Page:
Currently, Homeowners have no way of knowing whether their strategies for reducing the cost to heat and cool their homes are working. This app enables Homeowners to improve their energy usage by displaying the impact of modifications to their homes or behavior. By integrating a modeled Baseline using outside temperatures into the existing Green Button system, users can see how their Actual Usage compares with the Baseline. This allows the Homeowner to graphically see how their actions change their energy usage.
Some examples of changes a Homeowner might consider include the following:
-opening and closing windows (manually or remotely)
-using fans instead of air conditioning
-sealing leaks in the house, with weather stripping and caulking
-providing overhangs at south-facing windows to eliminate summer solar gain
-insulating roofs (walls and floors)
-adding photovoltaic panels
Because Green Button is currently limited to showing hourly usage, it only allows for comparisons to immediate and regional neighbors. However, due to the huge number of variables (shade, trees, orientation, etc.) the most useful comparison is with one’s own house, which is the focus of this app. In addition, the app provides the Homeowner with the ability to define the unit of time, e.g. hour, day, week, month, offering an essential interactive feature.
Green Button is an important tool in this direction, because it provides Homeowners with hourly information. However, to provide an accurate assessment, one needs to have a baseline model that incorporates temperature, time of day and season. In order to demonstrate how this can work, we used real data available in the Green Button platform.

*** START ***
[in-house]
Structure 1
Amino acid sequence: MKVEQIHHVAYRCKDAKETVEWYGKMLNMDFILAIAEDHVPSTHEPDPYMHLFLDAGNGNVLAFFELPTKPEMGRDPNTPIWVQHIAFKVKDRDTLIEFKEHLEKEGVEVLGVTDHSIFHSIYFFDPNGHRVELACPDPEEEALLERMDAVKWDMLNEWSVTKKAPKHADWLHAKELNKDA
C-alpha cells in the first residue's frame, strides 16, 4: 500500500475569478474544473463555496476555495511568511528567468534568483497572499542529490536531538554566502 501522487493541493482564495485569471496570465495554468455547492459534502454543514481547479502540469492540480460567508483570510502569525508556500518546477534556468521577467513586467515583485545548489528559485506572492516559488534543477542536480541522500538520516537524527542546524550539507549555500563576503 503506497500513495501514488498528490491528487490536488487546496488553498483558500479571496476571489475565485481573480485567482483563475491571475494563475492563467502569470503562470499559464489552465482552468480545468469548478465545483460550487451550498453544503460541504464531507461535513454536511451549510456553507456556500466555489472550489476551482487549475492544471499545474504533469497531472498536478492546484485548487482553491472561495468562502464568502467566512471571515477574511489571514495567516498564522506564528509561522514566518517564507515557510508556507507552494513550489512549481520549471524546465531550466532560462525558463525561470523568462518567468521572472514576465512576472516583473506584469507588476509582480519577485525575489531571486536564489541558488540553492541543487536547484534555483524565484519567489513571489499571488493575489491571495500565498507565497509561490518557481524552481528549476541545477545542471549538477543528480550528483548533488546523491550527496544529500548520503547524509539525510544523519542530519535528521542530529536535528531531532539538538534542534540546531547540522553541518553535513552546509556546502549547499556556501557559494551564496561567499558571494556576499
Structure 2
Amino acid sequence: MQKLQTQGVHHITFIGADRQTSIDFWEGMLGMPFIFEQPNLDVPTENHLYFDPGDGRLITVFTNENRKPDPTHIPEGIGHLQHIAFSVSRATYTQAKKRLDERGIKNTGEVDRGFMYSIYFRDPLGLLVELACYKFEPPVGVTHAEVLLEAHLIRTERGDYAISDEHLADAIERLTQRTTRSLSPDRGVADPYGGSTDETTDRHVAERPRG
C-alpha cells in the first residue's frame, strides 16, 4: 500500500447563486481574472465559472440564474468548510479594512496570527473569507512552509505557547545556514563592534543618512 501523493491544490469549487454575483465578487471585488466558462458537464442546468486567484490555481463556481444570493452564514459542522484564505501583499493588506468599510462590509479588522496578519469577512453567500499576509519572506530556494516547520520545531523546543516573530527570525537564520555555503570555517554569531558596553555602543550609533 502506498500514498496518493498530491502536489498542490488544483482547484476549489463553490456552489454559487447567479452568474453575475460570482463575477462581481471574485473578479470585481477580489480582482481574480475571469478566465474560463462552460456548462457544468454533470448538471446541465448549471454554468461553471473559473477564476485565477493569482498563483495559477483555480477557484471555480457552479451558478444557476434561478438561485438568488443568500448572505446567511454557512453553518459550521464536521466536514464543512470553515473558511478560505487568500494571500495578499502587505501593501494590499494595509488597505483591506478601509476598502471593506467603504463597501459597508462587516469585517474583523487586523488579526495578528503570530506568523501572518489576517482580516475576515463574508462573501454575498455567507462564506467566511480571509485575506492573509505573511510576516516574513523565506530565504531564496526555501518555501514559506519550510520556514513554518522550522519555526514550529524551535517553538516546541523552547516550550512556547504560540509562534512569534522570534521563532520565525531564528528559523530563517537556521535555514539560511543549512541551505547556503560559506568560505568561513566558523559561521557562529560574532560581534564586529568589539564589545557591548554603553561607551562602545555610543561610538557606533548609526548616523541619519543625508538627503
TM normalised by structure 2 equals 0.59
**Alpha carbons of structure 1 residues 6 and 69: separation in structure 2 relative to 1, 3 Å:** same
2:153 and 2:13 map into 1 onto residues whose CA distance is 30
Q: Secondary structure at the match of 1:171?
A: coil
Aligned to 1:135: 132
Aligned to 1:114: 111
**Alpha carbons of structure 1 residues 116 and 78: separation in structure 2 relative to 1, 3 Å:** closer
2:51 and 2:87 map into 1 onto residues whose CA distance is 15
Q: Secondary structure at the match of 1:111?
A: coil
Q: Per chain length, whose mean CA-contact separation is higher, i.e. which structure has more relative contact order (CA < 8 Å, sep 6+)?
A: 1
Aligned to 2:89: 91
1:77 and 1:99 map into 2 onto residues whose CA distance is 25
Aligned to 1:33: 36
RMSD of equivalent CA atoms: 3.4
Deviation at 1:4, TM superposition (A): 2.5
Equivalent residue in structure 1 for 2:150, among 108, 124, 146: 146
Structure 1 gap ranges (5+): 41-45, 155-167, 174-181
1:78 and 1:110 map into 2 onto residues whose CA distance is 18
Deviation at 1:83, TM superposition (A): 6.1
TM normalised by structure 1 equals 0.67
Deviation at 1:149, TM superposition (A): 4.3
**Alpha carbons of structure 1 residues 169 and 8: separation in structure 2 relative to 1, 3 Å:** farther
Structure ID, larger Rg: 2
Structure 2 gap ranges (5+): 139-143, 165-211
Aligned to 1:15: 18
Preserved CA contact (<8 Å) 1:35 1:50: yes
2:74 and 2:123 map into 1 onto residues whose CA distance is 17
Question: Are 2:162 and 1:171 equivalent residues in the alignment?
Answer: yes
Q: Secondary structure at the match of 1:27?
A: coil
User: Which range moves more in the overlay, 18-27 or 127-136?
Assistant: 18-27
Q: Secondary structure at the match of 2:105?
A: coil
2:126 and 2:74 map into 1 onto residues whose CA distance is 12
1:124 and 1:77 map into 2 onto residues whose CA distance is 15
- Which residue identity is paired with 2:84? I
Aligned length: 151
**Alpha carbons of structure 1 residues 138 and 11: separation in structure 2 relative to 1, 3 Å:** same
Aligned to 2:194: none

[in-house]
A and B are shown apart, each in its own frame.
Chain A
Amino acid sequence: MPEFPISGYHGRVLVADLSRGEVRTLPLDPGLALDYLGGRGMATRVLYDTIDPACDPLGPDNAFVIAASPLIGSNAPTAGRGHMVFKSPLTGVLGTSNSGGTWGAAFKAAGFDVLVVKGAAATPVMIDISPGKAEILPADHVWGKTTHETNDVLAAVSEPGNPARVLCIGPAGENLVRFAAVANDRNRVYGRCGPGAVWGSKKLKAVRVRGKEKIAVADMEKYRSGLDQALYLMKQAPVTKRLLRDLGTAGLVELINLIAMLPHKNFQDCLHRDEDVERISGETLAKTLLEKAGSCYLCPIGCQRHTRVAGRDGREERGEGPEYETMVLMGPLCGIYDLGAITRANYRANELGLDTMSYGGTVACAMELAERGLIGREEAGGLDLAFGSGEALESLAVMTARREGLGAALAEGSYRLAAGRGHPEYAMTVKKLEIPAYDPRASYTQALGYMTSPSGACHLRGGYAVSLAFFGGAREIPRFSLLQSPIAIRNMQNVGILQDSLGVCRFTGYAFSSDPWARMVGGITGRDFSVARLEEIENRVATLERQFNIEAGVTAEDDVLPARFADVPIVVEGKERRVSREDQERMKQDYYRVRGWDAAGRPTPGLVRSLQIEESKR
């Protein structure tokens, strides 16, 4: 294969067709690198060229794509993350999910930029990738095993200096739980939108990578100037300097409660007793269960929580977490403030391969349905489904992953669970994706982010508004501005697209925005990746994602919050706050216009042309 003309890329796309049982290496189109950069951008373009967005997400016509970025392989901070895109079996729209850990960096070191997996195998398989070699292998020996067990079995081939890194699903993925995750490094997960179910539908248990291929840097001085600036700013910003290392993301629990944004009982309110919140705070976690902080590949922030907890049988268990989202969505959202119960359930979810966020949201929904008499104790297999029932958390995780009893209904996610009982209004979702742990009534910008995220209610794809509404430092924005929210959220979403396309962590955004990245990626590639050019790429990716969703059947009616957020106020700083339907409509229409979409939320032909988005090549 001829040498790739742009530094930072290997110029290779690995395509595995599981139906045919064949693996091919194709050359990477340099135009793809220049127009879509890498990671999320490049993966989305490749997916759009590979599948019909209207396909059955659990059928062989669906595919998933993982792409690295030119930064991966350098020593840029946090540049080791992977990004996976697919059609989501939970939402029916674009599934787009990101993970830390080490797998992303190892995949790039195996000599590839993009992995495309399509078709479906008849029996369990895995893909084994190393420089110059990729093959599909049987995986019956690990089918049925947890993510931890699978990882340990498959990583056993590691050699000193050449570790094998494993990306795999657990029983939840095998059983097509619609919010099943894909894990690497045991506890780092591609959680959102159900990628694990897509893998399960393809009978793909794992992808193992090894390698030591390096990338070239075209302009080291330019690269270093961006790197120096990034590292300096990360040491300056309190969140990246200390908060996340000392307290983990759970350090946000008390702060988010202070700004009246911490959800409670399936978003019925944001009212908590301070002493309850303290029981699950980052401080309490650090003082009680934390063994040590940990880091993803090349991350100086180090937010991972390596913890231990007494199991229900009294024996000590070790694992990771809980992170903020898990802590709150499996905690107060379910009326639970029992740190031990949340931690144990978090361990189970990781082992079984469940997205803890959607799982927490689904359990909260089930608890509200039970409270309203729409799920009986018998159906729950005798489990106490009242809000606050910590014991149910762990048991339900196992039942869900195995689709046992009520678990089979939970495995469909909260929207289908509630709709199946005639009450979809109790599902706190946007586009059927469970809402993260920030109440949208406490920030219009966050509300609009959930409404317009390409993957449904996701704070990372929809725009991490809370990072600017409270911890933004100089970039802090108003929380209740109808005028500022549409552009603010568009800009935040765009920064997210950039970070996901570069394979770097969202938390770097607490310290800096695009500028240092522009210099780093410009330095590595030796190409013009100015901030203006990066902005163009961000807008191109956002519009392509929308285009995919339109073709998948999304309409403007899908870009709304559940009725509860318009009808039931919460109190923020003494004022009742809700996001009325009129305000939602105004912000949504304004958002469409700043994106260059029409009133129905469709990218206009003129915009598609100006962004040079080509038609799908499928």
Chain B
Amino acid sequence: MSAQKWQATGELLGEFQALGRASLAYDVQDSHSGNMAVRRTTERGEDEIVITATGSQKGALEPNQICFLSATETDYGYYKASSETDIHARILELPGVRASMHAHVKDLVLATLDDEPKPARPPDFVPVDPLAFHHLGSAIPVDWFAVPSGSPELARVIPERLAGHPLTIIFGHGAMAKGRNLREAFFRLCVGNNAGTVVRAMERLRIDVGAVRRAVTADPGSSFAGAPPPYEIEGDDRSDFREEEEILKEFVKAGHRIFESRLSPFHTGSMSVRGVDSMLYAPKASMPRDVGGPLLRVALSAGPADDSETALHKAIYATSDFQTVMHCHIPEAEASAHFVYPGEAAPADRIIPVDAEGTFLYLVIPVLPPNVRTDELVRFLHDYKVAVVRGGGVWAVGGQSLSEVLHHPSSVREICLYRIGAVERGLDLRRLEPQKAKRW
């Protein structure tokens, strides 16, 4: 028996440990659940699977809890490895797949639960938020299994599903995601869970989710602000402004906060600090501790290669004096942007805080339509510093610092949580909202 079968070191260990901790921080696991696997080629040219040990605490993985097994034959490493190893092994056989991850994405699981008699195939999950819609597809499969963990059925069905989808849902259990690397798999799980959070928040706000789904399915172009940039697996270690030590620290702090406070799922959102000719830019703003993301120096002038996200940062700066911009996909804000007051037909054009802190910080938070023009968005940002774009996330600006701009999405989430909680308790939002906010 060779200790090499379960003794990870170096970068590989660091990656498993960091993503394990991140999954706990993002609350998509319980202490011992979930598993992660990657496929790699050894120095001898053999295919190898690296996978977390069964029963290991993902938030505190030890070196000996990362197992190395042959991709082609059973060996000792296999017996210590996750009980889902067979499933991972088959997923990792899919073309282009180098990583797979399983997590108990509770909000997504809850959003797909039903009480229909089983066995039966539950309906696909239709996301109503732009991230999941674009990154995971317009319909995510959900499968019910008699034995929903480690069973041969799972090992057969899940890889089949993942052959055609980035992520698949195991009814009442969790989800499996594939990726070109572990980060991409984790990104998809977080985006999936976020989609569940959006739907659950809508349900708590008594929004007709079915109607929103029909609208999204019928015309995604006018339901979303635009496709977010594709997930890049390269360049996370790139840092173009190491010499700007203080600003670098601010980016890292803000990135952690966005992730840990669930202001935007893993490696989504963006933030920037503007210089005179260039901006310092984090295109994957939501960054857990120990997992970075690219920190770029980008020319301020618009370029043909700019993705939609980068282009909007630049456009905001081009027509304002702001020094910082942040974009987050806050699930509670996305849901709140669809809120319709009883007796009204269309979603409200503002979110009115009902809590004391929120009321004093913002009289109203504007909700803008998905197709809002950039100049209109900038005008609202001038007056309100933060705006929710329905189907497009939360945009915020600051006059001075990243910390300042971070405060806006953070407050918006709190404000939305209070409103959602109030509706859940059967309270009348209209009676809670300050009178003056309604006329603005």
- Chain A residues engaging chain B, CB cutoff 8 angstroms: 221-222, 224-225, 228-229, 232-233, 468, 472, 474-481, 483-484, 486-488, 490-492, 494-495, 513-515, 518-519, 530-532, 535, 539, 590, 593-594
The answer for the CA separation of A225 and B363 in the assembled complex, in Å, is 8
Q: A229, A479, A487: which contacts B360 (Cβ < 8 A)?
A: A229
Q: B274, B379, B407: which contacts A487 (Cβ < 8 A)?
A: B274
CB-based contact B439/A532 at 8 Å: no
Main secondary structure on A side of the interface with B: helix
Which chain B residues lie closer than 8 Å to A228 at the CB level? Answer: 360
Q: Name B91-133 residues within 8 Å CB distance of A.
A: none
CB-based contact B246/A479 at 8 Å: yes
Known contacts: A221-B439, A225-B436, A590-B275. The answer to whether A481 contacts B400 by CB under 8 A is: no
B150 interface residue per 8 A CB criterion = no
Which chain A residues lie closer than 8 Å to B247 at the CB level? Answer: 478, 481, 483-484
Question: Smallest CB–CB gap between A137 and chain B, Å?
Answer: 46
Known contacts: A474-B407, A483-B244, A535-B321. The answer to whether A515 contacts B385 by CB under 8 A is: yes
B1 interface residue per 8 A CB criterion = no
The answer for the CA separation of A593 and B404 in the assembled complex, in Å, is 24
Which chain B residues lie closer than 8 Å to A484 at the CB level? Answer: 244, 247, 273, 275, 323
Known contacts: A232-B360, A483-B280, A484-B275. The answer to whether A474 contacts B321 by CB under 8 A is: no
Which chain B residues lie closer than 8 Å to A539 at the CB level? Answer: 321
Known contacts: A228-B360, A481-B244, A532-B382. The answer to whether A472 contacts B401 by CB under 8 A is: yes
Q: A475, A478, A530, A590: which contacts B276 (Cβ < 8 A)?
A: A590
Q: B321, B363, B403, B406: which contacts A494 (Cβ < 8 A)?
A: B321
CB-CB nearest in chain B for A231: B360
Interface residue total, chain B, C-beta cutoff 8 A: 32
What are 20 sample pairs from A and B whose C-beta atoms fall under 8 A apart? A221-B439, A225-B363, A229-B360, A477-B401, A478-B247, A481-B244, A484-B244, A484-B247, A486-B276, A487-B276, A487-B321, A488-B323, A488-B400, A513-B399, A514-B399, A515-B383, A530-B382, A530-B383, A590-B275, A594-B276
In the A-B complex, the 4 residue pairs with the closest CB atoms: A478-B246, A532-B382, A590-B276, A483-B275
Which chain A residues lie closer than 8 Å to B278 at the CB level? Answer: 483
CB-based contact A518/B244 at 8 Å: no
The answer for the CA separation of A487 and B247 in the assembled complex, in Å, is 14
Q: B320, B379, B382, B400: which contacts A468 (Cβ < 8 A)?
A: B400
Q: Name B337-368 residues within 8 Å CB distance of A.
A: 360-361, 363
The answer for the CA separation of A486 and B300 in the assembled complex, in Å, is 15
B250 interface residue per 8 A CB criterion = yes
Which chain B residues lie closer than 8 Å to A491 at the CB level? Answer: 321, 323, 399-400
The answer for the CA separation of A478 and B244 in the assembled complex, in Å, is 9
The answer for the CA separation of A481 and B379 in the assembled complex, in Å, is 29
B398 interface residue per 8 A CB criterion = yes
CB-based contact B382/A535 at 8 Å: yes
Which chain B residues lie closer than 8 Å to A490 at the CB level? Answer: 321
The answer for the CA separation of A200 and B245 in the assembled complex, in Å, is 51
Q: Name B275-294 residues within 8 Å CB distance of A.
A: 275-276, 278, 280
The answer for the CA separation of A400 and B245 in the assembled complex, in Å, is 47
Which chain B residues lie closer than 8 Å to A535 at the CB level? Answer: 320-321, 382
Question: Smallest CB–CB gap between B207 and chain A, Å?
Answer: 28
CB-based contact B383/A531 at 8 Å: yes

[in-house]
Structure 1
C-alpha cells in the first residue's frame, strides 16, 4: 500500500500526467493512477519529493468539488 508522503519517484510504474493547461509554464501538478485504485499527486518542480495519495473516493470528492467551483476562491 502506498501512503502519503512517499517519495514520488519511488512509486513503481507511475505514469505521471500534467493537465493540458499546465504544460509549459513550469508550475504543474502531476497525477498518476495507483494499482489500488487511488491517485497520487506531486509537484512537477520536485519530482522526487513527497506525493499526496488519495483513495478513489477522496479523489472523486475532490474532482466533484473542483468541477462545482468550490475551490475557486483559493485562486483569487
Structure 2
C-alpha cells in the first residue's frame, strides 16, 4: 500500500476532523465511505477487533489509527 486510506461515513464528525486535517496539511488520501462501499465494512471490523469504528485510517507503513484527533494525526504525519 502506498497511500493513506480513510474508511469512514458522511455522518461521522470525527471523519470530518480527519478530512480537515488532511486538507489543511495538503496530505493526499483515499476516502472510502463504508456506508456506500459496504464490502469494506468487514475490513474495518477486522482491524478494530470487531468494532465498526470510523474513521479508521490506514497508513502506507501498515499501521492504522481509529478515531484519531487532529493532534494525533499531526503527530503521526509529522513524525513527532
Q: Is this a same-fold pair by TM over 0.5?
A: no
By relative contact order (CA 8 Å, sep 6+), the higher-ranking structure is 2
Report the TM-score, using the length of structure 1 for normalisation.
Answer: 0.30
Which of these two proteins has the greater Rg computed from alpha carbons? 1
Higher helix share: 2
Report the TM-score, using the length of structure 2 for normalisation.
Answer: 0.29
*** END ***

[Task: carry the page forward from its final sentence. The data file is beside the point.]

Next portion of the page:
This app can easily be expanded in the near and more distant future in order to allow further comparisons between two specific houses. (This approach can easily be replicated for other climates. With enough data, an average can be generated, which is much more useful.)
The app has much to offer now and going forward. For this particular residence, located in San Diego, the correlation of 0.86 between the actual and modeled hourly usage shows how well approximately 50 parameters model the 8760 observations. Now the Homeowner can look at what happened during those clear instances when there’s deviation to see the impact of their changes.
Going forward, this approach can easily make use of near-future and upcoming technologies which can be incorporated into this platform.